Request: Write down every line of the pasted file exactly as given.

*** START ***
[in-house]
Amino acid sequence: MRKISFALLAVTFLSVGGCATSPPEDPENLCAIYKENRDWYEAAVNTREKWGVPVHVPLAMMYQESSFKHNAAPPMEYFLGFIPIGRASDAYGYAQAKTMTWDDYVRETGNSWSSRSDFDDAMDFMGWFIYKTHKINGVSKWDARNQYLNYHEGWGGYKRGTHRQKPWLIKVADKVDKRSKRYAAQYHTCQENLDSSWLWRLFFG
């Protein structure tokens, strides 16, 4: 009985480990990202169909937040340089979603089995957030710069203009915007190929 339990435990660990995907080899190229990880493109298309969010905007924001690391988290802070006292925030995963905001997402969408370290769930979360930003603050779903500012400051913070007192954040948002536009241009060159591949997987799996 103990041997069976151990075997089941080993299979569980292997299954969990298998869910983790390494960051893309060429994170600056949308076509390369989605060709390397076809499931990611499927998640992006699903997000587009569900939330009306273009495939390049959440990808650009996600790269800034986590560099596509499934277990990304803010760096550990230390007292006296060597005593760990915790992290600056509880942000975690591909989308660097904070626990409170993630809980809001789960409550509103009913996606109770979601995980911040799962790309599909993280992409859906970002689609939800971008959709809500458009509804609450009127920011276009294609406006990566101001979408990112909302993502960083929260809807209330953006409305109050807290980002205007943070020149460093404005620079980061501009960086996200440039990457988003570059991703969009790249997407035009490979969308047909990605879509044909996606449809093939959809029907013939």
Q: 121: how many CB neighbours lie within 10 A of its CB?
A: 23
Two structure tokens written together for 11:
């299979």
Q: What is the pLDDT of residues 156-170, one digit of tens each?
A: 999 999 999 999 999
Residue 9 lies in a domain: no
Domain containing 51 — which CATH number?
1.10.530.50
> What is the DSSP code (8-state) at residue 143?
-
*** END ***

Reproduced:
[in-house]
Amino acid sequence: MRKISFALLAVTFLSVGGCATSPPEDPENLCAIYKENRDWYEAAVNTREKWGVPVHVPLAMMYQESSFKHNAAPPMEYFLGFIPIGRASDAYGYAQAKTMTWDDYVRETGNSWSSRSDFDDAMDFMGWFIYKTHKINGVSKWDARNQYLNYHEGWGGYKRGTHRQKPWLIKVADKVDKRSKRYAAQYHTCQENLDSSWLWRLFFG
């Protein structure tokens, strides 16, 4: 009985480990990202169909937040340089979603089995957030710069203009915007190929 339990435990660990995907080899190229990880493109298309969010905007924001690391988290802070006292925030995963905001997402969408370290769930979360930003603050779903500012400051913070007192954040948002536009241009060159591949997987799996 103990041997069976151990075997089941080993299979569980292997299954969990298998869910983790390494960051893309060429994170600056949308076509390369989605060709390397076809499931990611499927998640992006699903997000587009569900939330009306273009495939390049959440990808650009996600790269800034986590560099596509499934277990990304803010760096550990230390007292006296060597005593760990915790992290600056509880942000975690591909989308660097904070626990409170993630809980809001789960409550509103009913996606109770979601995980911040799962790309599909993280992409859906970002689609939800971008959709809500458009509804609450009127920011276009294609406006990566101001979408990112909302993502960083929260809807209330953006409305109050807290980002205007943070020149460093404005620079980061501009960086996200440039990457988003570059991703969009790249997407035009490979969308047909990605879509044909996606449809093939959809029907013939």
Q: 121: how many CB neighbours lie within 10 A of its CB?
A: 23
Two structure tokens written together for 11:
């299979």
Q: What is the pLDDT of residues 156-170, one digit of tens each?
A: 999 999 999 999 999
Residue 9 lies in a domain: no
Domain containing 51 — which CATH number?
1.10.530.50
> What is the DSSP code (8-state) at residue 143?
-